That Time I Took Advantage of a Drunk Boy

The theme of the party was Snow Pants or No Pants, and lemme tell ya, I didn’t see a single pair of snow pants the entire night. 

The host, well known for her involvement in our campus’s LGBTQ organization, was a beloved friend of my roommate. She graciously introduced us to a number of her gorgeous, pantless friends, and we commenced enthusiastic chatter. A few friends-of-friends later, I met the cheery, inebriated fellow with whom I spent the majority of the party.

He was a delightful bloke with broad shoulders and a hearty laugh. We hit it off immediately, but it wasn’t until I mentioned my proclivity for sticking my nose where it doesn’t belong that the conversation really took off. I said I loved asking personal questions; he said I could ask him anything. Blank check, cha-ching!

We talked about the ins and outs (pun intended) of anal sex. We talked about his leadership involvement in our school’s LGBTQ club. We talked about how, as a university tour guide, he was specifically instructed not to truthfully admit to potential students what it was like to be queer on a heteronormative campus, and the discrimination he faced on a daily basis. We talked about his experiences coming out to his parents, who “already knew” and loved him just the same. We talked about his discussion with his dad about “sex”. We talked about why he inadvertently put air quotes around “sex”, and about his internalized feelings that anal sex was lesser than other forms of sex. It was the most fascinating, heartfelt conversation I had at any party in my undergrad years.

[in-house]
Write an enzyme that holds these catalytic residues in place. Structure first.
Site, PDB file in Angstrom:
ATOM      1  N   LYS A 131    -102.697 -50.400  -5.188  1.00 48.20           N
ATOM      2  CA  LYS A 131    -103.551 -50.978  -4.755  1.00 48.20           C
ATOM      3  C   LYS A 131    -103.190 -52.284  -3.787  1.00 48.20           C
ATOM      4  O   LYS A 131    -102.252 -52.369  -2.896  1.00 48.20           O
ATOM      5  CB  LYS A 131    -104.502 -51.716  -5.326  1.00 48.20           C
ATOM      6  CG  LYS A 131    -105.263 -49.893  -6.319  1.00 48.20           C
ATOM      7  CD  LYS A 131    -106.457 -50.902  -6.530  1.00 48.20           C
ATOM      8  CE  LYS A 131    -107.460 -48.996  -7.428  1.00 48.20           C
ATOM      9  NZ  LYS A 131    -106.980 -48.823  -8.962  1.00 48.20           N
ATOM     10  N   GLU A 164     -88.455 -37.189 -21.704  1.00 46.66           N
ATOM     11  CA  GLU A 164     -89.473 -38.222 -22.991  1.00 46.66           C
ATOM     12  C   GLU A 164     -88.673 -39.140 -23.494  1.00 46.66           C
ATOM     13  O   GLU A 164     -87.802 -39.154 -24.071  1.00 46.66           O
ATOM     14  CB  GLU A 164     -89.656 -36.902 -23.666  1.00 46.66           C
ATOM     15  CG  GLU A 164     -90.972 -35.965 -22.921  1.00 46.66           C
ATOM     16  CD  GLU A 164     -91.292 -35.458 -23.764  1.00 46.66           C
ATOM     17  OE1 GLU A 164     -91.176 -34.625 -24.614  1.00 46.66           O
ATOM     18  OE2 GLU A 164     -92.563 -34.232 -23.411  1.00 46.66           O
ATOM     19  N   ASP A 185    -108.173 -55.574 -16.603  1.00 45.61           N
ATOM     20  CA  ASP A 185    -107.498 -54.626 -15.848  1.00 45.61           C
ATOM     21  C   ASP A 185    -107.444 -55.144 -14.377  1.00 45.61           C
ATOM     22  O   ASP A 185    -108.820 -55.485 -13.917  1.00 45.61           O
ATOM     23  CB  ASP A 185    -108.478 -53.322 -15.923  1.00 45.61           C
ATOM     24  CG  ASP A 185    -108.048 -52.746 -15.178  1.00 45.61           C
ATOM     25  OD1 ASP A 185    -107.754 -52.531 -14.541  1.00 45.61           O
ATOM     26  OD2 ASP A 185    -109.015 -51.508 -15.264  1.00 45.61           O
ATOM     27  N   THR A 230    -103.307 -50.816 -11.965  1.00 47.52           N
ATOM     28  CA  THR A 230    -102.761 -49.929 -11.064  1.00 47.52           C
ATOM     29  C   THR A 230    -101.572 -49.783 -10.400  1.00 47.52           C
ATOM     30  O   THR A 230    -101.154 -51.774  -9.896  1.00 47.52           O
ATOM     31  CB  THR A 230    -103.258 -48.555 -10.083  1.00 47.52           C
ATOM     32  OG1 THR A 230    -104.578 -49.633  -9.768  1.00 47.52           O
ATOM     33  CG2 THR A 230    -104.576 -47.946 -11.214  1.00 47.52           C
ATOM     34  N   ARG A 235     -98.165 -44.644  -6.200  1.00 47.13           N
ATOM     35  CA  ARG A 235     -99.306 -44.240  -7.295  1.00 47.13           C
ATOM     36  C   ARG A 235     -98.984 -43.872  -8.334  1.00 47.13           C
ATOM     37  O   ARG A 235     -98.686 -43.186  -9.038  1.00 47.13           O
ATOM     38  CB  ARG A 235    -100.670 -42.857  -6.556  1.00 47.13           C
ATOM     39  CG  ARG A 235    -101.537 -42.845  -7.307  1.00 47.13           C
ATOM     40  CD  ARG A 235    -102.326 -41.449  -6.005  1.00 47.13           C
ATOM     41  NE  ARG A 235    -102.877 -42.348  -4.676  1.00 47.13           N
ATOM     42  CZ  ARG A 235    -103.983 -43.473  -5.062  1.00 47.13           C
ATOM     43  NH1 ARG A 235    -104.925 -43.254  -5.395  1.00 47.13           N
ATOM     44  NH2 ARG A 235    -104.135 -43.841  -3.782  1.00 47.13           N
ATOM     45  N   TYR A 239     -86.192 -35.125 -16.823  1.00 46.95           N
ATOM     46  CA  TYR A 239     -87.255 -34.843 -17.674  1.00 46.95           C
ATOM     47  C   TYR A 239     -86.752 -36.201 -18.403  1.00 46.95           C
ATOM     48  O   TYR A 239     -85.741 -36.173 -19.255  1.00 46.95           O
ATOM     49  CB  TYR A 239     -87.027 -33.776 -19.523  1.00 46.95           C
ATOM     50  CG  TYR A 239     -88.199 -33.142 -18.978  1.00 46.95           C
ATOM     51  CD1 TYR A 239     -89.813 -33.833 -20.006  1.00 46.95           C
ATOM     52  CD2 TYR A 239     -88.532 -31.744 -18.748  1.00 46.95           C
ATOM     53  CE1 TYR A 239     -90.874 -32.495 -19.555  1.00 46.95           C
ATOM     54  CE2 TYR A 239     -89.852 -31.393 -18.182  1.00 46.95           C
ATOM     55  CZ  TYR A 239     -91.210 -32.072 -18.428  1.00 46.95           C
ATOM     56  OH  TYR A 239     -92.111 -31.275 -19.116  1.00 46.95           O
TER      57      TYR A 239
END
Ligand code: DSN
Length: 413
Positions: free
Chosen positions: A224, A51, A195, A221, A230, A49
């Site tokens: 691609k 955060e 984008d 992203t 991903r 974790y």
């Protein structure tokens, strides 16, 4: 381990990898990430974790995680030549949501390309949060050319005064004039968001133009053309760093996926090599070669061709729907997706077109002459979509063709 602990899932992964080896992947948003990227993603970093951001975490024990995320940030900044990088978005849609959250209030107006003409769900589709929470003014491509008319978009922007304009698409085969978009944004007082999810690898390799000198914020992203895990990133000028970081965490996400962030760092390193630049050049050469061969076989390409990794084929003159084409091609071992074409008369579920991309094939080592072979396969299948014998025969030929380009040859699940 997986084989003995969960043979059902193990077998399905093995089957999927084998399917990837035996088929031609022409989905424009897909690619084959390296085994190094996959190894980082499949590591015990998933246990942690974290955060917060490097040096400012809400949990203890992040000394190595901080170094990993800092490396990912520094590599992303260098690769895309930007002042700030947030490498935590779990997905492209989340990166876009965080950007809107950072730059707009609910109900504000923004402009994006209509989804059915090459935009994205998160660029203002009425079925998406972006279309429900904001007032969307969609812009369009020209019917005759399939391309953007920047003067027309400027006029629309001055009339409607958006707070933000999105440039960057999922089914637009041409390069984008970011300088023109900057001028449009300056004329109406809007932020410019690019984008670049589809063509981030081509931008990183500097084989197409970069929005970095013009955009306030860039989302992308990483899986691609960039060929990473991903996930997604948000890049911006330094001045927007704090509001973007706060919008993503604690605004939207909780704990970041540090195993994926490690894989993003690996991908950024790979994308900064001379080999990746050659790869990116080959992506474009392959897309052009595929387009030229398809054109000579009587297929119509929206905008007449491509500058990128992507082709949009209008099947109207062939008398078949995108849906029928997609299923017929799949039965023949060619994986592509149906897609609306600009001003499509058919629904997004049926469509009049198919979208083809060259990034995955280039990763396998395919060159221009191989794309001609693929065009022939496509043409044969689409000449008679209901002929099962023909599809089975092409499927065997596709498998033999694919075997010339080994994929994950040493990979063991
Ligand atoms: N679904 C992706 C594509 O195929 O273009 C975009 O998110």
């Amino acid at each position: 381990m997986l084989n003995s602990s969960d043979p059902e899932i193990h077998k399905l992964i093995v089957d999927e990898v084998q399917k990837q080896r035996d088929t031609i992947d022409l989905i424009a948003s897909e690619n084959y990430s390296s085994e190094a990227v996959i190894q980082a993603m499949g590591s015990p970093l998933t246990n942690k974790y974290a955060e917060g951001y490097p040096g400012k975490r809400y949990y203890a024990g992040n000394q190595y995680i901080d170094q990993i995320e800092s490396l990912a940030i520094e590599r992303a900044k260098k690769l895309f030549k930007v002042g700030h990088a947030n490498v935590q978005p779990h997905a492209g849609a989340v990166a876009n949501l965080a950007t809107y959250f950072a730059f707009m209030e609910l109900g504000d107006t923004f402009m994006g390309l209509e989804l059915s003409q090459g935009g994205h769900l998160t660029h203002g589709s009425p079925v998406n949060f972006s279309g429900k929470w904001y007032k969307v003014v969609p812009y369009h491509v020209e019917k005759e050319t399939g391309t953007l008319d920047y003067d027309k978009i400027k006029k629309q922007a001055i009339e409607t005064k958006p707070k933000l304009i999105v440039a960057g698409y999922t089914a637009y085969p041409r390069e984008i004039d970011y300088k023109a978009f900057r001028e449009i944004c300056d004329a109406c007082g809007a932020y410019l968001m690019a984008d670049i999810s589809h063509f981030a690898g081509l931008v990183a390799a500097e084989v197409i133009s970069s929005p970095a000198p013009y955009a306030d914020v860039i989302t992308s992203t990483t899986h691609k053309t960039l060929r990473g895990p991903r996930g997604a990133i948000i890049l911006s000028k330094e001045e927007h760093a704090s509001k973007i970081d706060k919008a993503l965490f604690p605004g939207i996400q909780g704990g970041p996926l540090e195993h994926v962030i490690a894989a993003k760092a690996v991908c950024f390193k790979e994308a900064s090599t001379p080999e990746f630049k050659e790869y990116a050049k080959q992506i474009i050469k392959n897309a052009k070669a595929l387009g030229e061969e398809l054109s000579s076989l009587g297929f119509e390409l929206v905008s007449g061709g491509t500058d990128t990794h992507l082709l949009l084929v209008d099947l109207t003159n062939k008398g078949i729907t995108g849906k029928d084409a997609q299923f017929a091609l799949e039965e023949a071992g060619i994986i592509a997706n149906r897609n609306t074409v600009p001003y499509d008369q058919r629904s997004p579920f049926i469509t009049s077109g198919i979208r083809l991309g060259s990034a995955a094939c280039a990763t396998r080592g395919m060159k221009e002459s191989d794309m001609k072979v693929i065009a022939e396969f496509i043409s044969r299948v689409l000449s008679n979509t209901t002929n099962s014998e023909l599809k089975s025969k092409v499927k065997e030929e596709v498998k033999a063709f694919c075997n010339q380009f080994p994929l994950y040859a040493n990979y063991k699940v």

It was fantastic, until he sobered up.

He had lunch with a mutual friend of ours the next day, during which he apparently confessed that he was terribly embarrassed for all he’d admitted to me the night before. He never made eye contact with me again.

Hearing about the lunch, I felt guilty. Our conversation seemed open and loquacious at the party, after all. I had naively hoped he’d be that bubbly and down-to-earth all the time. To this day, I still see nothing incriminating about the information he shared with me, and I find it saddening that he retrospectively felt ashamed. I talk about sexuality all the time with friends, family, acquaintances, passersby… anyone who will engage me. Male sexuality in particular hasn’t really phased me since about age 14, when I first started asking questions about my male friends’ intimate lives. I forget sometimes that many other people — especially American people — continue to see discussions of sexuality as taboo.

If you’re reading this, sir, I want you to know how greatly I valued our conversation. Thank you for sharing an hour of your life and years’ worth of forbidden anecdotes with me. I’d love to catch up with you one day.

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